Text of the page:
The International Avian Trainers Certification Board and the International Animal Trainers Certification Board, IATCB, offers you a way to gain professional credibility, increase your earnings potential, and advance your career. We live in a competitive world, and animal trainers are no different than anyone else looking for advanced knowledge and skill in their profession. IATCB endorses voluntary certification by examination for all professionals involved with animals, including trainers, educators, handlers, veterinarians, and all others involved in the care and handling of animals.
Are you a Hopeful Certificant?
Looking for the study guide for the CPAT- KA exam? Click here
Looking for the study guide for the CPBT- KA exam? Click here
Know a Certificant?
We would love to highlight you or your facility in our newsletter and on our Facebook page. Let us know the amazing things that you are doing to help raise the bar! Contact firstname.lastname@example.org for more information.
Want to find out more about setting these types of standards within your facility or becoming certified? Contact the IATCB board by visiting our website!
Testing Cycles for 2019
Testing cycles are the same time for both the Certification Examination for Professional Bird Trainers and the Certification Examination for Professional Animal Trainers.
Fall 2019 Testing Dates
Application Deadline: September 20, 2019
Testing Window: Saturday, October 19—Saturday, November 2, 2019
Calling on Certificants. We are preparing for a new Certified Bird exam and we need your help! We are looking for new items (questions) for the exam. If you are currently certified, we would love for you to help us out. If 5 of your questions are selected for the exam, you will receive 1 hour of CEUs. Email Kelly.email@example.com for more info!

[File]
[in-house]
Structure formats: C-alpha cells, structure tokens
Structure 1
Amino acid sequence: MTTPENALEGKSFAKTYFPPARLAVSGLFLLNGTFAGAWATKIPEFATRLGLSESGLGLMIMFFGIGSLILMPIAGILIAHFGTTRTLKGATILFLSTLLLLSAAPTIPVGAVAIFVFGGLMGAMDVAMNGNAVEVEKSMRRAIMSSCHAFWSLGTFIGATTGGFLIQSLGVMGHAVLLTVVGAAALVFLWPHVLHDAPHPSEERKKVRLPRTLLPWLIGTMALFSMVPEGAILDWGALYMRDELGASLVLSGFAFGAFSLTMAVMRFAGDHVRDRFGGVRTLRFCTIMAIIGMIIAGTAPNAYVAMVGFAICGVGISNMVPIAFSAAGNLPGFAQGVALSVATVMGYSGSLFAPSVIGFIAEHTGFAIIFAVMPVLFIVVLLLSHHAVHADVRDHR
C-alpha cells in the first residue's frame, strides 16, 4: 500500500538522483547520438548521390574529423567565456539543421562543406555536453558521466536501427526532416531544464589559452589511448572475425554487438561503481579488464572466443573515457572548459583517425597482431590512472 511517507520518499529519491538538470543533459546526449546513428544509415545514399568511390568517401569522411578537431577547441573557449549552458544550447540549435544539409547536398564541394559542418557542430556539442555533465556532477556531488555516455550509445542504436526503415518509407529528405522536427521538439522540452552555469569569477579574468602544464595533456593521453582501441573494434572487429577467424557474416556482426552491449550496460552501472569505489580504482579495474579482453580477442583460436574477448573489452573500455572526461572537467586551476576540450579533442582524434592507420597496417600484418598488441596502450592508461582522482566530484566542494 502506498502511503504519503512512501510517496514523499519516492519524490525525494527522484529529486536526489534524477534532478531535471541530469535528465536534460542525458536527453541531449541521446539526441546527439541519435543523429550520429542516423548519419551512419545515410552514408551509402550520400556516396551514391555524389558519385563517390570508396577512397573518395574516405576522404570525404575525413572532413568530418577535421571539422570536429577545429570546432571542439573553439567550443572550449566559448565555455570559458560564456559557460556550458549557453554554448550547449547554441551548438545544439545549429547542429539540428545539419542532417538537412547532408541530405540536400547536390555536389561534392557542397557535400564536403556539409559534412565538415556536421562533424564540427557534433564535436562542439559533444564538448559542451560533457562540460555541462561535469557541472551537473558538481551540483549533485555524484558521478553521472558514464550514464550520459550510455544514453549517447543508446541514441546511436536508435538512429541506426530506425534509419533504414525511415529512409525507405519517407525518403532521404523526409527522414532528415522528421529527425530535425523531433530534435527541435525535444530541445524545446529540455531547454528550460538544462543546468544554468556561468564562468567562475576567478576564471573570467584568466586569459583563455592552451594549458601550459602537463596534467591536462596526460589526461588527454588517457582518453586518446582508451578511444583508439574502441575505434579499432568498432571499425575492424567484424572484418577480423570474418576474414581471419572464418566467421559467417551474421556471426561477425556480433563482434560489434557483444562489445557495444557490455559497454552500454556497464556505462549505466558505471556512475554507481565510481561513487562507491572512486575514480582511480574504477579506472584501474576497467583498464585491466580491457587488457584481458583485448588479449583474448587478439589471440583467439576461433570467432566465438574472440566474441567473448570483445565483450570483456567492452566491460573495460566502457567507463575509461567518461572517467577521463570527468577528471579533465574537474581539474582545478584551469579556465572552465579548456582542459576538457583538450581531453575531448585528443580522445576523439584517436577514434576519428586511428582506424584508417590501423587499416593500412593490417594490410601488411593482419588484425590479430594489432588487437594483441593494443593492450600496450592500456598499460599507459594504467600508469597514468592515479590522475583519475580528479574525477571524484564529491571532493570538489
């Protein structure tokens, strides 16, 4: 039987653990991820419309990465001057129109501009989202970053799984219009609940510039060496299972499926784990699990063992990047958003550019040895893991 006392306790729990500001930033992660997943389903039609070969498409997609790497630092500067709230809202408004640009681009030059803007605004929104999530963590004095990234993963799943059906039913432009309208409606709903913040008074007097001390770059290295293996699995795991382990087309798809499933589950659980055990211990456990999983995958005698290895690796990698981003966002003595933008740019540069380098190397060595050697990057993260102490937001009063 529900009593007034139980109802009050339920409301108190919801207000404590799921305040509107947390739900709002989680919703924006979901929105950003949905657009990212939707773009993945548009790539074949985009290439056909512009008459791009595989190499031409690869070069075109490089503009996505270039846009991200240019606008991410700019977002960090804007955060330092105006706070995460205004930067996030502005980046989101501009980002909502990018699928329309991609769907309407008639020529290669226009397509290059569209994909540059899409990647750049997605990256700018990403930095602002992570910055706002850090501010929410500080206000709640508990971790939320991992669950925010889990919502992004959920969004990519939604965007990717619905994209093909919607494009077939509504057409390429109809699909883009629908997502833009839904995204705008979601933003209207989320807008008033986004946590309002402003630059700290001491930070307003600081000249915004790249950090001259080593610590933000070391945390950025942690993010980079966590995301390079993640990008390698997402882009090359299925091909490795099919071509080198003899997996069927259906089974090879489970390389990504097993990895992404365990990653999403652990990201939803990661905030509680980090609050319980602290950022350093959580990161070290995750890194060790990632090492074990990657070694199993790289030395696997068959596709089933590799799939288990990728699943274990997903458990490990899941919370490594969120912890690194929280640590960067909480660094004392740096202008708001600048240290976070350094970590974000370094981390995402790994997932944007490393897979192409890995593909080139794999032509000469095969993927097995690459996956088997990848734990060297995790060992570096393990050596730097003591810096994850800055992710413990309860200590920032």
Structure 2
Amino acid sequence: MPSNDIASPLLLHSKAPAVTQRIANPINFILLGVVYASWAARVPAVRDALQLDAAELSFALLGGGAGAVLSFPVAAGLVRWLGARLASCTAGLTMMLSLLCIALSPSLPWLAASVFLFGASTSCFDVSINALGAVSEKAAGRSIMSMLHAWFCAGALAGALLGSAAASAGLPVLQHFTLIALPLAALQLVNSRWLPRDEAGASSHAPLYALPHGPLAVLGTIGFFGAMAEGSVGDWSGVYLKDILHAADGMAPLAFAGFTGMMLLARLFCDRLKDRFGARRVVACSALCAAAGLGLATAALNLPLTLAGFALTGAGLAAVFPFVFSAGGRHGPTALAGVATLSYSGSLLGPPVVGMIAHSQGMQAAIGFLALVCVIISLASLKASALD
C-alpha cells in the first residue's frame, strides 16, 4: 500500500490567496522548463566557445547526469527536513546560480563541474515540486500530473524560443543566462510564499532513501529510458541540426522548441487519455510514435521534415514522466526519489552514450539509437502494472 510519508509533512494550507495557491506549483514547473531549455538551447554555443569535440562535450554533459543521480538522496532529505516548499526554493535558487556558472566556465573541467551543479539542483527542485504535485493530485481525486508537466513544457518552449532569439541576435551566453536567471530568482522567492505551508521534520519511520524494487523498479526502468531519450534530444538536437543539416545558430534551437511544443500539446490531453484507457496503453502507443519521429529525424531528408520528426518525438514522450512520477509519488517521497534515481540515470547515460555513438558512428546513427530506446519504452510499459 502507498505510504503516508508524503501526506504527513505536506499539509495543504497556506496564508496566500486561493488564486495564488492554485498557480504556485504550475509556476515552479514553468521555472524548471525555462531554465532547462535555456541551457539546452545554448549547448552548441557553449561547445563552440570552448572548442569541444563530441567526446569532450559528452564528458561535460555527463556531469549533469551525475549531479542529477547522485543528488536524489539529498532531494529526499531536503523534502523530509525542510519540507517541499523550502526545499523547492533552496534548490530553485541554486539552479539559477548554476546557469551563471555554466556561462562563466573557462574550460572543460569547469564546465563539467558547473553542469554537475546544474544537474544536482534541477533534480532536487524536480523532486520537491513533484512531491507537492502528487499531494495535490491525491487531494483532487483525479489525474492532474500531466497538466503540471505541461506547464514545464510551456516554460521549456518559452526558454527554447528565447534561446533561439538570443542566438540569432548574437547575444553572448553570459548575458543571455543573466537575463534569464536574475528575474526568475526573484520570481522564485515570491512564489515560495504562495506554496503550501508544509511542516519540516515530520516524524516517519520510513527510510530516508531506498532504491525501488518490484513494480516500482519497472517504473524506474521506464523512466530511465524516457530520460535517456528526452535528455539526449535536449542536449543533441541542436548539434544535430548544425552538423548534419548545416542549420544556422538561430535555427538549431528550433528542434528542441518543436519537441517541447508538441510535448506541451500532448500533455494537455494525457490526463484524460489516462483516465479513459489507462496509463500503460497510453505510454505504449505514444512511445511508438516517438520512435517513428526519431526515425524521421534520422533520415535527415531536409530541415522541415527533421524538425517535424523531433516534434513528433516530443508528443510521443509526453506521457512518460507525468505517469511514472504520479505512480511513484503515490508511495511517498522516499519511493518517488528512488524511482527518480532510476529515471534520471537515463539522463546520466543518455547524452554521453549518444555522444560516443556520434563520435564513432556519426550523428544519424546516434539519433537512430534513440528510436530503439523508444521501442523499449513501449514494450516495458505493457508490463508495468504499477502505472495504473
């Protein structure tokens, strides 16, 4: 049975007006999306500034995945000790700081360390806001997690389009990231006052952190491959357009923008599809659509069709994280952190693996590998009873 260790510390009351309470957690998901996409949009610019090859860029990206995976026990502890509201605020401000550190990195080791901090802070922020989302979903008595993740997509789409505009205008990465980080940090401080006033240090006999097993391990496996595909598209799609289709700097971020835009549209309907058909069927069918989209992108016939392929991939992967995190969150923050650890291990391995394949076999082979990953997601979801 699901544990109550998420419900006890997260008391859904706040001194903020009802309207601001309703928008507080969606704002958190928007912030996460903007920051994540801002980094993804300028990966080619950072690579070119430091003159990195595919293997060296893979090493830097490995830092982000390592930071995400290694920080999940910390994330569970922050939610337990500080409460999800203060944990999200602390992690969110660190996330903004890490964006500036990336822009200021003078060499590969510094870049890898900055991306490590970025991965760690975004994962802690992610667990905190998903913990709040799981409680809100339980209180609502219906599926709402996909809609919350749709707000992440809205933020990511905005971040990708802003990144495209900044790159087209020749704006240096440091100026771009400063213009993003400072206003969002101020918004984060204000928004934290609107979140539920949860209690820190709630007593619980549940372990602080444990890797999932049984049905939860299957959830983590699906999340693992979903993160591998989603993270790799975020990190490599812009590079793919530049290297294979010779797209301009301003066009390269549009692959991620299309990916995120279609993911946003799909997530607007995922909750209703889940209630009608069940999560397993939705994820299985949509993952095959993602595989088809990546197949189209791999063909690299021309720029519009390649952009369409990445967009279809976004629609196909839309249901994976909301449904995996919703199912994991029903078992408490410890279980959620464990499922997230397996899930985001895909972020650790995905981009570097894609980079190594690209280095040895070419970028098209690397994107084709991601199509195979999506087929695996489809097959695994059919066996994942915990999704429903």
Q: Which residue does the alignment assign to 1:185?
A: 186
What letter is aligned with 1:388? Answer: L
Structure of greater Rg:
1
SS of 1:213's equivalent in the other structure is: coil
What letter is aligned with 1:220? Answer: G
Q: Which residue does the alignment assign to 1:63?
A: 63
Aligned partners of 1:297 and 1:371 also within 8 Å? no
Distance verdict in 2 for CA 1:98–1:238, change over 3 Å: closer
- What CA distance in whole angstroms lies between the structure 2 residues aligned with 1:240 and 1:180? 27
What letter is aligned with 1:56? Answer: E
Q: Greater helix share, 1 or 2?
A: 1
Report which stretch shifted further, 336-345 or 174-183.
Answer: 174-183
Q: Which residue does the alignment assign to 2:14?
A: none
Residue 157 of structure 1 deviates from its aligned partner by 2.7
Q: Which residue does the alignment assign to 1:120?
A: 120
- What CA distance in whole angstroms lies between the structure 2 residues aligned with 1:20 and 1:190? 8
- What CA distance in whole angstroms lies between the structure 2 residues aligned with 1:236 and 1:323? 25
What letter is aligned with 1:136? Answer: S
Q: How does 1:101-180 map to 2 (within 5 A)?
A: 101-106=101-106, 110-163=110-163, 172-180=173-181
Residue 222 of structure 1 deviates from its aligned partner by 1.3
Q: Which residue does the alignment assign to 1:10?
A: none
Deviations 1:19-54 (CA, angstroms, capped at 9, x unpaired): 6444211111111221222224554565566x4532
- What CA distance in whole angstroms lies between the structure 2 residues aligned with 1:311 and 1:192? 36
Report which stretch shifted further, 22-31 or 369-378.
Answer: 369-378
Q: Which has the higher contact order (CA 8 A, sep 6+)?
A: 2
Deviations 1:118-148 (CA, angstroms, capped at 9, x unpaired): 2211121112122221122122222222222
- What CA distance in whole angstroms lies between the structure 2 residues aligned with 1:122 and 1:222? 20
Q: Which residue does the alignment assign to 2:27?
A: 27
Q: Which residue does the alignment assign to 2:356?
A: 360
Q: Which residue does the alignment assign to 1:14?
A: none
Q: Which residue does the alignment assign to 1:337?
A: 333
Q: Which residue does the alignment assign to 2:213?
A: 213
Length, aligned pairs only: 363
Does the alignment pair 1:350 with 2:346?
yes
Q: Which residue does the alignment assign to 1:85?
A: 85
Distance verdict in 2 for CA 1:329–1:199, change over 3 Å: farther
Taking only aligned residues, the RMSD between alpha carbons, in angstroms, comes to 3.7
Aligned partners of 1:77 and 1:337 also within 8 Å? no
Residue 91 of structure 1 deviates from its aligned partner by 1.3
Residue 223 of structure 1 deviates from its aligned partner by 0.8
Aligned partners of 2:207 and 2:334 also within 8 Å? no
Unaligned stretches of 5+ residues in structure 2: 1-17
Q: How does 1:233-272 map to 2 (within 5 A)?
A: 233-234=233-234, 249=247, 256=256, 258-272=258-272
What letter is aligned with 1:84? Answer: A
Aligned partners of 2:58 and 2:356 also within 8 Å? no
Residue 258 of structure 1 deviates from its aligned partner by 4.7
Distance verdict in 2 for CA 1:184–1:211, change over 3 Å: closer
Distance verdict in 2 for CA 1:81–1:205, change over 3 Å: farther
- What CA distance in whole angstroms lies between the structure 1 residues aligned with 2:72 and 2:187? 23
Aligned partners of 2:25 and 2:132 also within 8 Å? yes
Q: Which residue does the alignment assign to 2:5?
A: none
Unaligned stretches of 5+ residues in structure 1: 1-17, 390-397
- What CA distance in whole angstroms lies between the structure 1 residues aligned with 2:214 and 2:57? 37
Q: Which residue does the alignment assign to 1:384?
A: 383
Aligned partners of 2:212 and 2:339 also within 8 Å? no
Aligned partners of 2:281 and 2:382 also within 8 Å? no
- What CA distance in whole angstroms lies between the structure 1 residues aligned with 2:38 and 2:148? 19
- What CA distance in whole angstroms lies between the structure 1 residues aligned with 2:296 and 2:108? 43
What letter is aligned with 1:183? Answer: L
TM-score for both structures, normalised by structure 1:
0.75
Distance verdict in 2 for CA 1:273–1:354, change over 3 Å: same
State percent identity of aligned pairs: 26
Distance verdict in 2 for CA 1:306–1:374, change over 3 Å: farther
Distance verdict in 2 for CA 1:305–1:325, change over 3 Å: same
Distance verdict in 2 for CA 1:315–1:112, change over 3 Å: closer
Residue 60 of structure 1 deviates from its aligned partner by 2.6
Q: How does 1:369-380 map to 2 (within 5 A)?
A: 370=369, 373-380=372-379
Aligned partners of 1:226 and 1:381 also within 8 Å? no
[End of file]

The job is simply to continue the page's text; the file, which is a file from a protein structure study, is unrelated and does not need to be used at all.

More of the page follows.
The CPBT-KA and CPAT-KA credential is valid for 5 years from the date it is awarded. To renew the credential a certificant must either re-take the examination after 5 years or accumulate sixty Continuing Education Credits (CEUs) by attending IATCB approved workshops, seminars, classes, or conferences. Head over to http://www.iatcb.com/staying-certified/ceu-events to check out a list of approved CEUs!
These endangered bats are being killed by the thousands—here’s why By Rachel Nuwer
MAURITIUS, A small island nation east of Madagascar, is known for its postcard-perfect beaches, warm hospitality, and cultural diversity. And it’s known for the dodo, the poster child for human-driven extinction. Mauritius has also lost more than 130 other lesser known plants and animals, from giant skinks to burrowing boas, since the island was colonized in 1638. Now, another unique species, a fruit bat known as the Mauritian flying fox, is being pushed toward extinction. Read more here.
Vulturine Guinea Fowl, Acryllium vulturinum
The name of the vulturine guinea fowl comes from its bald head and neck, which is similar to a vulture's. They have a range throughout North East Africa and can be found in the grasslands, savannahs and scrublands of Ethiopia, Kenya, Somalia, Tanzania and Uganda. This is the largest and most colorful of the Guinea fowl. They are very striking with their red eyes, blue face, black neck, bright blue breast and long black and white striped feathers. The strip of brown feathers along the back of their bare head does make them resemble small vultures, although they are not related.
Using their beak and claws to dig and scratch for food, vulturine guinea fowl forage for fruit, grubs, insects, roots, seeds, tubers and vegetation. Due to their dry environment, water is not always readily available to them but they can survive for long periods without drinking and are able to obtain all their liquid requirements from their food.
Although they can fly well, vulturine guinea fowl spend the majority of their time on the ground and prefer to flee from danger on foot rather than fly away. They are able to call to each other over long distances, not only to warn of danger but also to call the flock together to roost. They are listed as Least Concern on IUCN. This species has an extremely large range, and hence does not approach the thresholds for Vulnerable under the range size criterion.